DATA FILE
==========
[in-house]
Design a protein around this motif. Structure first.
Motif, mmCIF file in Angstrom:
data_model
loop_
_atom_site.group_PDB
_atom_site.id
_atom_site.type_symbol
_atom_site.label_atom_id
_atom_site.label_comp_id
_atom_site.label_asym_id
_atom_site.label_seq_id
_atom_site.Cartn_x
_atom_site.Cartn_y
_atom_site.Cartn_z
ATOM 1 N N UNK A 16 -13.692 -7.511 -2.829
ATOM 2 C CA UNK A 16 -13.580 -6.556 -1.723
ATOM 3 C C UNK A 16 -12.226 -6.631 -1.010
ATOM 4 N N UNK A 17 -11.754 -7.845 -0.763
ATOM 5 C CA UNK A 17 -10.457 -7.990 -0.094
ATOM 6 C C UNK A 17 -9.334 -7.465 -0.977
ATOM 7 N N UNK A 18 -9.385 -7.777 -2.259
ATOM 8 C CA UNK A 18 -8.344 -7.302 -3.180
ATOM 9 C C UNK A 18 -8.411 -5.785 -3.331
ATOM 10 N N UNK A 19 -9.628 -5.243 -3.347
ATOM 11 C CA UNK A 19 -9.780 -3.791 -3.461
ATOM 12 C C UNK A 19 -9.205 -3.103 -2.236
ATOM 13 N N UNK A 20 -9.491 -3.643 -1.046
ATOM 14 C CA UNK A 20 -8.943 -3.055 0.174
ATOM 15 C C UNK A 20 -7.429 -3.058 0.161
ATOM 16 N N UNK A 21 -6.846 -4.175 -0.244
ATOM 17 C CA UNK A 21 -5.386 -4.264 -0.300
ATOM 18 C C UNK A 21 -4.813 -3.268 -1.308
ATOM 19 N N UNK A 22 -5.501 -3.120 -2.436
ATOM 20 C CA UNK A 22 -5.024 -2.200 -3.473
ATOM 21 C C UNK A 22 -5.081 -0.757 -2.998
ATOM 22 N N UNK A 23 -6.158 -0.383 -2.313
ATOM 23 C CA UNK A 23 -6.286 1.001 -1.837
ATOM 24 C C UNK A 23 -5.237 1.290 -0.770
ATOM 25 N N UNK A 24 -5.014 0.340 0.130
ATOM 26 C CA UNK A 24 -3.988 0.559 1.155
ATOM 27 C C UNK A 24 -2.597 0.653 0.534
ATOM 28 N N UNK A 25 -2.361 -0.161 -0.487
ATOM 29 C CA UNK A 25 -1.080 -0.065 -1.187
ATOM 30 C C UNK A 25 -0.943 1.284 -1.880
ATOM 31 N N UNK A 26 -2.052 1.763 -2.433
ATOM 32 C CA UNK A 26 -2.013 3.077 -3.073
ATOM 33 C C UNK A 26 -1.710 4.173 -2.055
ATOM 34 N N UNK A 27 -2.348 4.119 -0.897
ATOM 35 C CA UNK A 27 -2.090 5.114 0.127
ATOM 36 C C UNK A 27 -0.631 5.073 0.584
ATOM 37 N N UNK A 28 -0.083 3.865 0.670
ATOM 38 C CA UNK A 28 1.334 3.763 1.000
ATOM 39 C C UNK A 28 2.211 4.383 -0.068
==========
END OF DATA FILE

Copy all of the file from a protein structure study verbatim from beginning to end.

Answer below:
[in-house]
Design a protein around this motif. Structure first.
Motif, mmCIF file in Angstrom:
data_model
loop_
_atom_site.group_PDB
_atom_site.id
_atom_site.type_symbol
_atom_site.label_atom_id
_atom_site.label_comp_id
_atom_site.label_asym_id
_atom_site.label_seq_id
_atom_site.Cartn_x
_atom_site.Cartn_y
_atom_site.Cartn_z
ATOM 1 N N UNK A 16 -13.692 -7.511 -2.829
ATOM 2 C CA UNK A 16 -13.580 -6.556 -1.723
ATOM 3 C C UNK A 16 -12.226 -6.631 -1.010
ATOM 4 N N UNK A 17 -11.754 -7.845 -0.763
ATOM 5 C CA UNK A 17 -10.457 -7.990 -0.094
ATOM 6 C C UNK A 17 -9.334 -7.465 -0.977
ATOM 7 N N UNK A 18 -9.385 -7.777 -2.259
ATOM 8 C CA UNK A 18 -8.344 -7.302 -3.180
ATOM 9 C C UNK A 18 -8.411 -5.785 -3.331
ATOM 10 N N UNK A 19 -9.628 -5.243 -3.347
ATOM 11 C CA UNK A 19 -9.780 -3.791 -3.461
ATOM 12 C C UNK A 19 -9.205 -3.103 -2.236
ATOM 13 N N UNK A 20 -9.491 -3.643 -1.046
ATOM 14 C CA UNK A 20 -8.943 -3.055 0.174
ATOM 15 C C UNK A 20 -7.429 -3.058 0.161
ATOM 16 N N UNK A 21 -6.846 -4.175 -0.244
ATOM 17 C CA UNK A 21 -5.386 -4.264 -0.300
ATOM 18 C C UNK A 21 -4.813 -3.268 -1.308
ATOM 19 N N UNK A 22 -5.501 -3.120 -2.436
ATOM 20 C CA UNK A 22 -5.024 -2.200 -3.473
ATOM 21 C C UNK A 22 -5.081 -0.757 -2.998
ATOM 22 N N UNK A 23 -6.158 -0.383 -2.313
ATOM 23 C CA UNK A 23 -6.286 1.001 -1.837
ATOM 24 C C UNK A 23 -5.237 1.290 -0.770
ATOM 25 N N UNK A 24 -5.014 0.340 0.130
ATOM 26 C CA UNK A 24 -3.988 0.559 1.155
ATOM 27 C C UNK A 24 -2.597 0.653 0.534
ATOM 28 N N UNK A 25 -2.361 -0.161 -0.487
ATOM 29 C CA UNK A 25 -1.080 -0.065 -1.187
ATOM 30 C C UNK A 25 -0.943 1.284 -1.880
ATOM 31 N N UNK A 26 -2.052 1.763 -2.433
ATOM 32 C CA UNK A 26 -2.013 3.077 -3.073
ATOM 33 C C UNK A 26 -1.710 4.173 -2.055
ATOM 34 N N UNK A 27 -2.348 4.119 -0.897
ATOM 35 C CA UNK A 27 -2.090 5.114 0.127
ATOM 36 C C UNK A 27 -0.631 5.073 0.584
ATOM 37 N N UNK A 28 -0.083 3.865 0.670
ATOM 38 C CA UNK A 28 1.334 3.763 1.000
ATOM 39 C C UNK A 28 2.211 4.383 -0.068